Sodium Imbalances: Hypernatremia and Hyponatremia

  • Sodium plays a major role being the main cation of extra-cellular fluid (ECF).
  • It helps in maintaining the concentration and volume of extra-cellular fluid (ECF) and also influences the water distribution between ECF and intra-cellular fluid (ICF).
  • It also helps in the generation and transmission of nerve impulses, muscle contractility and the regulation of acid-base balance.
  • Sodium is taken as the primary determinant of ECF osmolality so the imbalances of sodium are typically associated with parallel changes in osmolality.
  • The serum sodium level reflects the ratio of sodium to water, not necessarily the loss or gain of sodium which is measured in milliequivalents per litre (mEq/L) or millimoles per litre (mmol/L).
  • If the sodium level changes in serum, it may reflect a primary water imbalance, a primary sodium imbalance or the combination of the two.
  • Thus, sodium imbalances are associated with imbalances in ECF volume.
  • Sodium intake is more than its body requirement which is absorbed from foods by the GI tract.
  • Sodium leaves the body in various forms like in urine, sweat and feces.
  • Kidneys are considered as the primary regulator of sodium balance
  • The ECF concentration of sodium is regulated by the kidney in two ways i.e., by excreting or retaining water under the influence of anti-diuretic hormone (ADH).
  • Aldosterone is also responsible in regulation of sodium as it promotes sodium re-absorption from the renal tubules.

सम्बन्धित छवि        Hypernatremia: Definition, Causes, Symptoms & Treatment |

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  • It is the condition when the serum sodium level is elevated either by water loss or by sodium gain.
  • It causes hyper-osmolality as sodium is the major determinant of the ECF osmolality and results in ECF hyper-osmolality.
  • In turn, there is shifting of water out of the cell which leads to cellular dehydration.
  • The primary protection against the development of hyper-osmolality is thirst.
  • Hypernatremia is not a big problem for those alert persons who have access to water, can sense thirst, and is able to swallow.
  • Impaired level of unconsciousness or an inability to obtain fluids is the results of hypernatremia secondary to water deficiency.
  • Hypernatremia is caused by several clinical states from water loss.
  • The decrease in the synthesis or release of ADH from the posterior pituitary gland (central diabetes insipidus) and the decreased kidneys response to ADH (nephrogenic diabetes insipidus) can result to profound diuresis which produces a water deficit and hypernatremia.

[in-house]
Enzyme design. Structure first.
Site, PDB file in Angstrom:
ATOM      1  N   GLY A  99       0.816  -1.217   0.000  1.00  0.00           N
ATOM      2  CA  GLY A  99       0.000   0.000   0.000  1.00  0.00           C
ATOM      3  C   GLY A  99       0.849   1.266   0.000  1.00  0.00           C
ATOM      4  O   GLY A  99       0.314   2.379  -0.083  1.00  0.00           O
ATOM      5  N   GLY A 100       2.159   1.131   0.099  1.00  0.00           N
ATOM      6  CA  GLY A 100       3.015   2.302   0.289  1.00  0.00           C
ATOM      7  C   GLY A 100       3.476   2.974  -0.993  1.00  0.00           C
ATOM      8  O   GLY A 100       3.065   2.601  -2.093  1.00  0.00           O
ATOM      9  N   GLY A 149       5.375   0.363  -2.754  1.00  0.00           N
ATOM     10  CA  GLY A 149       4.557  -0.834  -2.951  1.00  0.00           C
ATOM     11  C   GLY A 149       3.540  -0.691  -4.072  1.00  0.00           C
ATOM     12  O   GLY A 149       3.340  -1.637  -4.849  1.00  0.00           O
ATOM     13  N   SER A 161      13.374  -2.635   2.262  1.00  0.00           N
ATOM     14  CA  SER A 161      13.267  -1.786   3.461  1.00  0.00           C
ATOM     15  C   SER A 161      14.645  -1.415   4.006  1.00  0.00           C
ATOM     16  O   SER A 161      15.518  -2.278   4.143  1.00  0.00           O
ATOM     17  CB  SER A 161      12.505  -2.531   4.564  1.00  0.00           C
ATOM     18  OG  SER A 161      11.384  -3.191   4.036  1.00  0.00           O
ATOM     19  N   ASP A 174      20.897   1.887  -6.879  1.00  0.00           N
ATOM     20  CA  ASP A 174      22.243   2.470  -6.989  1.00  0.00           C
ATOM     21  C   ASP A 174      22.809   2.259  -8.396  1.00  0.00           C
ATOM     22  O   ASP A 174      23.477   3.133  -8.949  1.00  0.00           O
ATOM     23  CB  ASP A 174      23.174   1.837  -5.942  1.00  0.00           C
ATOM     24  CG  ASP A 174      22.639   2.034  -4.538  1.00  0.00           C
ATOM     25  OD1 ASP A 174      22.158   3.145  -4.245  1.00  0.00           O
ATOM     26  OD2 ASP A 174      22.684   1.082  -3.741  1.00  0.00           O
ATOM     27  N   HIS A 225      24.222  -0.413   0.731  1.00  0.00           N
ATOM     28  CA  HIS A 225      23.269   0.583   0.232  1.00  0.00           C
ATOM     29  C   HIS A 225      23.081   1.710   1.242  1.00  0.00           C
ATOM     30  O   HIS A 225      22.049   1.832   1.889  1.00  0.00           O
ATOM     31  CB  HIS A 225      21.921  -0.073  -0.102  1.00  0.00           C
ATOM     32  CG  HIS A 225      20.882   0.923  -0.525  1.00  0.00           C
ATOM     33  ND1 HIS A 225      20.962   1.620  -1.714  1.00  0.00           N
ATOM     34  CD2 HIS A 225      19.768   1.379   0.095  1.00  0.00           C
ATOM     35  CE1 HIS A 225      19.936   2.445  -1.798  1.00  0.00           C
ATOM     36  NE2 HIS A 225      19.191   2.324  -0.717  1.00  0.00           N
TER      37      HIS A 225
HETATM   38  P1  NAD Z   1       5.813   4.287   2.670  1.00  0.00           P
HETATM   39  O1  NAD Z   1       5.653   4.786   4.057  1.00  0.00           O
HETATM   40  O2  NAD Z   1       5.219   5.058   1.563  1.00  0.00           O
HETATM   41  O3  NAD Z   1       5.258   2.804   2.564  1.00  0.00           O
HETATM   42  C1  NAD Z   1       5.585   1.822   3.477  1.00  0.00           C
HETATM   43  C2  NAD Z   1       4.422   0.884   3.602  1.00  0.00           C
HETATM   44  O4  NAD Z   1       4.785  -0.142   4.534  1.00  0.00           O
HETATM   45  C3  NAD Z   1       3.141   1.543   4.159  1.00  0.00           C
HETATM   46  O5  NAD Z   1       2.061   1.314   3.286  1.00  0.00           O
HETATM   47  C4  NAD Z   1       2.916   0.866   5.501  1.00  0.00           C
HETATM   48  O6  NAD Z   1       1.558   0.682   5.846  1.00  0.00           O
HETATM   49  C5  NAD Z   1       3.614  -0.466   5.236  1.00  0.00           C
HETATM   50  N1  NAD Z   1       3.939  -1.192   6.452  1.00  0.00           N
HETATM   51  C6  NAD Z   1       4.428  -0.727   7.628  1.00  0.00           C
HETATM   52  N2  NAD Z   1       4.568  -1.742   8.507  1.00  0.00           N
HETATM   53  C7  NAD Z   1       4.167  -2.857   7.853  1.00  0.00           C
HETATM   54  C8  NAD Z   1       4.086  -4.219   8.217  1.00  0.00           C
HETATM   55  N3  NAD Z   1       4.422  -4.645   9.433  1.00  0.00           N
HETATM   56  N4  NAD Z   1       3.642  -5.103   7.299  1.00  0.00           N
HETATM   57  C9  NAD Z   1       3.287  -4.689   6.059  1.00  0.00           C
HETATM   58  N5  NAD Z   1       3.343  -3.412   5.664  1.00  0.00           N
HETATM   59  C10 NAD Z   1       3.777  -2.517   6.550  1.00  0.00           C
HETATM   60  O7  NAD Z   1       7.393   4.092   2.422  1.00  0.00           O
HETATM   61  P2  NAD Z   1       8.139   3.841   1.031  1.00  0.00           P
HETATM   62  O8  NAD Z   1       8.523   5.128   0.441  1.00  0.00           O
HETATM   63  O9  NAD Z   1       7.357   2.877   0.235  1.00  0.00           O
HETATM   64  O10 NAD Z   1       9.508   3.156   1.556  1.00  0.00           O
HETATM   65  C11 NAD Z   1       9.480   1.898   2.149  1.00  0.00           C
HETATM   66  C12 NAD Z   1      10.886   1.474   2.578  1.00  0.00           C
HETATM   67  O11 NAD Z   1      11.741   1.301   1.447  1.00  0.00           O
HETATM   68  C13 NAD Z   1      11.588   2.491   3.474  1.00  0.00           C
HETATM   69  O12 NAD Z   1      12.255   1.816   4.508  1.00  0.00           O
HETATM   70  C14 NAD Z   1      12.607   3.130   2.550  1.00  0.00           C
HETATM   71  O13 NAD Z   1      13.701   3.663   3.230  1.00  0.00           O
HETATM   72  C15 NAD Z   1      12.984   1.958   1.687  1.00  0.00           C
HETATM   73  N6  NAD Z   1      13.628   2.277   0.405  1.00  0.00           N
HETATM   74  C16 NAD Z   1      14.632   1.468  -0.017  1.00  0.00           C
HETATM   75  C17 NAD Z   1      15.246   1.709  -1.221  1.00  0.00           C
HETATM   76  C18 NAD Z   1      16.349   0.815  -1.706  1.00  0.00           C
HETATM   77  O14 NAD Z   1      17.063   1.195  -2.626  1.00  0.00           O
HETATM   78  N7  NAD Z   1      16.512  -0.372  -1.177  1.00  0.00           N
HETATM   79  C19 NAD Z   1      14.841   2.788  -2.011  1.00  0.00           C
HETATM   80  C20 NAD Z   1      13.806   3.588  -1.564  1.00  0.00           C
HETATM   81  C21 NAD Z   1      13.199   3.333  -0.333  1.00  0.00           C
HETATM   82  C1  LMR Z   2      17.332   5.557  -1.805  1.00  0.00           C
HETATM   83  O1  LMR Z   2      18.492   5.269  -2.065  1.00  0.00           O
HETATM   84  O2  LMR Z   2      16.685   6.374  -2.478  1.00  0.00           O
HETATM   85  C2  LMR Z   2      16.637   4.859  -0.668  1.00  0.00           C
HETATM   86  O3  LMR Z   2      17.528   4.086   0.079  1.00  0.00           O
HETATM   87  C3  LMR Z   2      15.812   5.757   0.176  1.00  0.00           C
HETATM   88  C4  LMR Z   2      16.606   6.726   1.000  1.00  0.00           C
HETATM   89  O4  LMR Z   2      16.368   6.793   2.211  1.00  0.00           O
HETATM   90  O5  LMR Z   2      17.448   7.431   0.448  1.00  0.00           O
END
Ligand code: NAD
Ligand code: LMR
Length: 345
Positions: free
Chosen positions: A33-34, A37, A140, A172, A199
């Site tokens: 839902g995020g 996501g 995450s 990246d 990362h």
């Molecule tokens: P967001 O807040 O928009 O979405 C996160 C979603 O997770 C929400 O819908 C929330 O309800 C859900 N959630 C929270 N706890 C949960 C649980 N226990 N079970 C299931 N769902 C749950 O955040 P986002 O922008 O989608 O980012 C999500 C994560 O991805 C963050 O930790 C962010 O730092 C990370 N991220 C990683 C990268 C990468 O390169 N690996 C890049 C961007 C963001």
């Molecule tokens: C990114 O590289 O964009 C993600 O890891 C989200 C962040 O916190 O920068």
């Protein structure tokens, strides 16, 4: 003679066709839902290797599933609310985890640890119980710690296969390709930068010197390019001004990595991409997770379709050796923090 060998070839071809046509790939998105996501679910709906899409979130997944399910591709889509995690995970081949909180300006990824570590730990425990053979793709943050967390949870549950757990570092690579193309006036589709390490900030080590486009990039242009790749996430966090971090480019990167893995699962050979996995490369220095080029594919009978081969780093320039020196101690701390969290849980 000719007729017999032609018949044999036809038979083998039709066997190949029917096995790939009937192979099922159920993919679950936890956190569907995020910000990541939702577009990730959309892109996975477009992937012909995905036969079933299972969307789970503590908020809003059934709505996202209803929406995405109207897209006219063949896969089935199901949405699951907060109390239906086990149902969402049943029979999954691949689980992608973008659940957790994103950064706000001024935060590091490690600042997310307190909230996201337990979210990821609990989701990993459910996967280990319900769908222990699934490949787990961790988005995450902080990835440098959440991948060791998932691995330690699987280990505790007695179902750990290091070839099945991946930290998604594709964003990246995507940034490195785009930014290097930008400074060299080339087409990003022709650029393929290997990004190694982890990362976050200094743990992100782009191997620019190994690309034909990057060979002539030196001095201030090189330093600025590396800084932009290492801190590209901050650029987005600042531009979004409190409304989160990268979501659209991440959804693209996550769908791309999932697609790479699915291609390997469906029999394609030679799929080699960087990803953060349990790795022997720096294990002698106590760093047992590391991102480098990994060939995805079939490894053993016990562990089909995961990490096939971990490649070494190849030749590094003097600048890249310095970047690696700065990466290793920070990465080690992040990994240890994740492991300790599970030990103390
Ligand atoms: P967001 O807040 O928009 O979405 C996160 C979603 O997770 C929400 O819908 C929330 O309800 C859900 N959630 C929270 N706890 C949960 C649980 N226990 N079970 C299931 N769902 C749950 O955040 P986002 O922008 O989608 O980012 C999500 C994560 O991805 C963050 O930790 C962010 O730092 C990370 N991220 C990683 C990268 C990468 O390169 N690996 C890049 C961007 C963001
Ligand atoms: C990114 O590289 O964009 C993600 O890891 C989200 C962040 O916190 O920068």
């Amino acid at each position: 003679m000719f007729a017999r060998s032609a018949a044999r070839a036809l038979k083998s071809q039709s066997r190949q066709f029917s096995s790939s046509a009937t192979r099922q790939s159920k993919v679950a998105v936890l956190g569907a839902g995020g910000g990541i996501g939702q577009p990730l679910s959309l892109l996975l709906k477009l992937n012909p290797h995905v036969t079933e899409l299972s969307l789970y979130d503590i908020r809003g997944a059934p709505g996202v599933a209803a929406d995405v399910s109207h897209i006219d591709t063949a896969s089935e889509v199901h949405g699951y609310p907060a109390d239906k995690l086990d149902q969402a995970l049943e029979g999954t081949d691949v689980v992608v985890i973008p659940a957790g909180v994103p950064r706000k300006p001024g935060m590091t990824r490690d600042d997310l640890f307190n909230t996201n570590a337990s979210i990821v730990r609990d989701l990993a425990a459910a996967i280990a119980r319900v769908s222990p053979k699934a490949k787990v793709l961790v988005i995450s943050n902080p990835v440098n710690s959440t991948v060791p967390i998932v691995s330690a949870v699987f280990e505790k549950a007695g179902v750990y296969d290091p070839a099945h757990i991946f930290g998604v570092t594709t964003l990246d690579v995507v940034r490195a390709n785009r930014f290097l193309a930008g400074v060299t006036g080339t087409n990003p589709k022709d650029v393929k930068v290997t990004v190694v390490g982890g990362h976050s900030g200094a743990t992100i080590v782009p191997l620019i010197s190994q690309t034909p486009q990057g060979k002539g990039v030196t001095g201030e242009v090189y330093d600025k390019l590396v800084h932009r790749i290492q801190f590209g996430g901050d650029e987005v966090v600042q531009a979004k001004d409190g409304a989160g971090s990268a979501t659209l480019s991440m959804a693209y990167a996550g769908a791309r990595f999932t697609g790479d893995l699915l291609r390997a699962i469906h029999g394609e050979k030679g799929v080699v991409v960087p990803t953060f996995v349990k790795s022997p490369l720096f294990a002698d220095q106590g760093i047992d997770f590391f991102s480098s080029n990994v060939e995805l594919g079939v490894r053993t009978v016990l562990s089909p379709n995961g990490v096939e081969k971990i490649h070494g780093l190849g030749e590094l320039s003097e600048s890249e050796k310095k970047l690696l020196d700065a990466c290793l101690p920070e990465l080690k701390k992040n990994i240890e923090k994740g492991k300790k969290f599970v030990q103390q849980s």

• Hyper-osmolality with osmotic diuresis can result from the administration of concentrated hyperosmolar tube feedings and hyperglycemia associated with uncontrolled diabetes mellitus.
  • Excessive sweating and increased sensible losses from high fever may be the cause of hypernatremia.
  • It may also be caused by excessive sodium intake followed by inadequate water intake.
  • The various reasons for sodium gain are: IV administration of hypertonic saline or sodium bicarbonate, use of sodium containing drugs, excessive oral intake of sodium (ingestion of seawater) and primary aldosteronism (hyper-secretion of aldosterone) caused by the tumor of the adrenal gland.


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Clinical manifestations of Hypernatremia

  • The shifting of water out of the cells into ECF with resultant dehydration and shrinkage of cells are the primary manifestation.
  • Dehydration of brain cells results in neurologic manifestations such as intense thirst, agitation, and decreased alertness, ranging from sleepiness to coma.
  • Manifestations such as postural hypotension, weakness and decreased skin turgor occur if there is any accompanying ECF volume deficit.


  • It is the condition when serum sodium level gets decreased as a result of loss of sodium-containing fluids, water excess in relation to the amount of sodium or a combination of both.
  • Profuse diaphoresis, draining wounds, excessive diarrhoea or vomiting and trauma with significant blood loss causes loss of sodium which results in hyponatremia.
  • Water move towards the cell in response to hypo-osmolality that is the result of hyponatremia.
  • Hyponatremia from water excess is also caused by inappropriate use of sodium-free or hypotonic IV fluids which generally occurs in patients after surgery or major trauma or during the administration of fluids in patients with renal failure.
  • Excessive water intake is found more in patients with psychiatric disorders.
  • Abnormal retention of water causes dilutional hyponatremia which is the result of syndrome of inappropriate antidiuretic hormone secretion (SIADH).

Clinical Implications, Evaluation, and Management of Hyponatremia in  Cirrhosis - Journal of Clinical and Experimental Hepatology

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Clinical manifestations of Hyponatremia

  • Cellular swelling is the result of hyponatremia which is first manifested in the central nervous system.
  • Plasma osmolality lowers in response to excess water which shifts fluid into brain cells and causes irritability, headache, confusion, seizures and even coma.
  • Irreversible neurologic damage or death may result if severe acute hyponatremia is not treated on time.





Sodium Imbalances: Hypernatremia and Hyponatremia